July 2018

ElPasoFishNet

By Randy Limbird

One of my favorite sermons was preached by a former professor of mine nearly 30 years ago. Dr. Robert McAfee Brown was a highly regarded theologian, author, educator and activist, particularly known for his leadership in ecumenical efforts to oppose the Vietnam War. The war had been over for a few years by the time I heard him preach, but he was still a major voice in social justice issues.
He preached that day on the relationship between orthodoxy and orthopraxy. Orthodoxy refers to “correct belief” and orthopraxy refers to “correct conduct.” One has to do with the way we think, the other with what we do.
Dr. Brown talked about how some people emphasized orthodoxy, and assumed that orthopraxy came as a result of right thinking. Get your theology straight, in other words, and your actions will follow. Evangelicals in particular tend to focus on what people believe as more important than what they do.
But it can be just as true, Dr. Brown said, the other way around. How we conduct ourselves affects what we believe. A life dedicated to doing good can lead someone to the truth about God. As a theologian who taught at some of the country’s top universities, Dr. Brown certainly cared about thinking right. But his experience working with others to fight injustice also taught him that those who gave themselves fully to doing good had a better understanding of God than the religious do-nothings who contented themselves with Bible knowledge.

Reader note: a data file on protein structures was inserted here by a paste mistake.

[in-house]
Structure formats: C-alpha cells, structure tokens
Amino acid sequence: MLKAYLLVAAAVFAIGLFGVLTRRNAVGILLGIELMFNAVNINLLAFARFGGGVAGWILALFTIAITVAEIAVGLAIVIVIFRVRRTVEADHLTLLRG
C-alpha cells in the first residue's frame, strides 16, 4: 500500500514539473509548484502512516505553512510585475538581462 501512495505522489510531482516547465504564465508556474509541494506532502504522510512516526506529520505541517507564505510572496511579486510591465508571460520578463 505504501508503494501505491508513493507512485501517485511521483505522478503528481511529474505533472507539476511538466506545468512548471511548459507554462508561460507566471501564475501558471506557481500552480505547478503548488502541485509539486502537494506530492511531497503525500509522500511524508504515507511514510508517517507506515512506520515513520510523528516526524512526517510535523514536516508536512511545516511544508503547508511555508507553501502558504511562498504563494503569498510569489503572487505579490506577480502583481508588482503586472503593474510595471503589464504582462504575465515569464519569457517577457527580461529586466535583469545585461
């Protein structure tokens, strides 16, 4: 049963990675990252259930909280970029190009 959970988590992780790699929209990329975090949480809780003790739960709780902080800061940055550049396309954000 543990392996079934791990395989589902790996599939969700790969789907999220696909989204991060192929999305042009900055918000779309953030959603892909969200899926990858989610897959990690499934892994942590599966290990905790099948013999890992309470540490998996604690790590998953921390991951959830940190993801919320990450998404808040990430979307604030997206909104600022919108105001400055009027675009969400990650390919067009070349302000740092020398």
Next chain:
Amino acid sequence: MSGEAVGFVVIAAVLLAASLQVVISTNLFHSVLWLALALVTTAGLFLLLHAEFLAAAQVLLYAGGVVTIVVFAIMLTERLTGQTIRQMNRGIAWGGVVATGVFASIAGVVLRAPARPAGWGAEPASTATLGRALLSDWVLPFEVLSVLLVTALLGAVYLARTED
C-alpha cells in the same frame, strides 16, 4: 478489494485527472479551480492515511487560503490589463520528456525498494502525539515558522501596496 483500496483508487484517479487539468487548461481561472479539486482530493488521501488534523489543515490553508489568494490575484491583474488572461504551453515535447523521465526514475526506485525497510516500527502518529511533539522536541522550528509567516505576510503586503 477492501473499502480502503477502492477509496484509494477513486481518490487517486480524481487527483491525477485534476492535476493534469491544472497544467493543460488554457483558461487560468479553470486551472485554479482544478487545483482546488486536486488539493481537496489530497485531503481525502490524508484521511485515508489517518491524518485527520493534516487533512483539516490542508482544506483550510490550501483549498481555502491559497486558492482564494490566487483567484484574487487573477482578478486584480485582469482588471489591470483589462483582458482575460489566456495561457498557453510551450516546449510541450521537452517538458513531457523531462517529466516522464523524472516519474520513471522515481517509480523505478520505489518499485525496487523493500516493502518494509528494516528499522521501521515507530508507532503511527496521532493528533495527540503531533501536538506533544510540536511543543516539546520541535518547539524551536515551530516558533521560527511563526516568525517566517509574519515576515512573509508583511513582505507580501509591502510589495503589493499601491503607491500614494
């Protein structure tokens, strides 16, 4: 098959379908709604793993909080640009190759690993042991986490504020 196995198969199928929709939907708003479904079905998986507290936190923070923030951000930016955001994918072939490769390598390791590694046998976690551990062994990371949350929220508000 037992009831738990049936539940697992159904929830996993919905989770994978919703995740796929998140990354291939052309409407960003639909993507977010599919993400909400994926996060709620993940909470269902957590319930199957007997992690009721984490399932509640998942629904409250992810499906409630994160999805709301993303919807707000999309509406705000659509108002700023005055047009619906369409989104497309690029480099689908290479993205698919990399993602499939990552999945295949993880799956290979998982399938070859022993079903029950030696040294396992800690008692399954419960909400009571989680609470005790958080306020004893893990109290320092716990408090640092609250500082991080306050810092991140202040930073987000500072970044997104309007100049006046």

Obviously we don’t have to choose between the two. But after mulling over this sermon for nearly 30 years, and learning from my own experience, I am much more respectful about the different ways people come to the truth. There are people like me who focus on intellectual truth and still grope in the dark to live good lives. There are people who selflessly do good for others but don’t have a fancy theology.
I don’t believe that just subscribing to a certain set of beliefs gives us a pass into heaven, and I don’t think that any lifetime of good work earns someone eternal life. On the other hand, I also think people who sincerely look for truth will find their actions transformed; and those who strive for good will find their minds transformed.
I would suggest that along with orthodoxy and orthopraxy, we should also seek orthopathy — having a heart that loves what God loves. And I have met people who beliefs and conduct seemed amiss, but their heart sought what was good. And that can also lead to right thinking and action.

Randy Limbird is editor of
El Paso Scene. Comments?
Send to randy@epscene.com

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